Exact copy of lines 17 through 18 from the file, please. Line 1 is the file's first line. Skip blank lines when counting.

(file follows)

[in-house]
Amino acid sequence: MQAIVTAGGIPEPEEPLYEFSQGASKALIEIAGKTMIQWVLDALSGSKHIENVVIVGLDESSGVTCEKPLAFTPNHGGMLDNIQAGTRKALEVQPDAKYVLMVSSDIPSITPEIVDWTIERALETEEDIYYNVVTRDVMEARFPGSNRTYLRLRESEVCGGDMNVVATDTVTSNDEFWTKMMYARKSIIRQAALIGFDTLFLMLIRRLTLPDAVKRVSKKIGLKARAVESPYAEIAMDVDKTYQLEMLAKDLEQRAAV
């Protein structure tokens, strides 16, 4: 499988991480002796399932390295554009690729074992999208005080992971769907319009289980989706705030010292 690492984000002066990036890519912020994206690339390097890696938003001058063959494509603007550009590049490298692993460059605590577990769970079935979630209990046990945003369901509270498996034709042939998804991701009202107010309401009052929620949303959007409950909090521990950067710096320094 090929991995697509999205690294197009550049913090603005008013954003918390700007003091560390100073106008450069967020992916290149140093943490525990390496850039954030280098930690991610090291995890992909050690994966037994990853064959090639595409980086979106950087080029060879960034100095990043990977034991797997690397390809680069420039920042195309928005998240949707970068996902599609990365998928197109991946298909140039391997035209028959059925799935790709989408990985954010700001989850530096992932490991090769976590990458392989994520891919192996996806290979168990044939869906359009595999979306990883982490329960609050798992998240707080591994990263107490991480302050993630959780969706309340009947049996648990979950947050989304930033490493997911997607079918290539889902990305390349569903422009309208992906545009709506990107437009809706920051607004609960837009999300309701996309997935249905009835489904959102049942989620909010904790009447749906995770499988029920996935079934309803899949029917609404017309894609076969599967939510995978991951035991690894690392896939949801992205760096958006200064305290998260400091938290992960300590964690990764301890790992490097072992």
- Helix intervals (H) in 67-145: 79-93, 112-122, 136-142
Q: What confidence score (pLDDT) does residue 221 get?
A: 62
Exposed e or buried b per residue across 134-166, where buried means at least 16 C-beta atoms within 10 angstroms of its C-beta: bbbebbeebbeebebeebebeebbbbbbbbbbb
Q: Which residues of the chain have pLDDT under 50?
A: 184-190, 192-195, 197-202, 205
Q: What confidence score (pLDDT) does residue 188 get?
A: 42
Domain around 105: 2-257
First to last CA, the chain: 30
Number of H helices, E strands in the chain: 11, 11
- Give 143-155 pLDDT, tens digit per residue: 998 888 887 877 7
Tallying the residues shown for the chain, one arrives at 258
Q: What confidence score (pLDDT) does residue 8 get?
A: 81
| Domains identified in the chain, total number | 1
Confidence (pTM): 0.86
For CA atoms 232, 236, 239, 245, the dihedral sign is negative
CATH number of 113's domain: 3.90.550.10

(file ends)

Q: What confidence score (pLDDT) does residue 8 get?
A: 81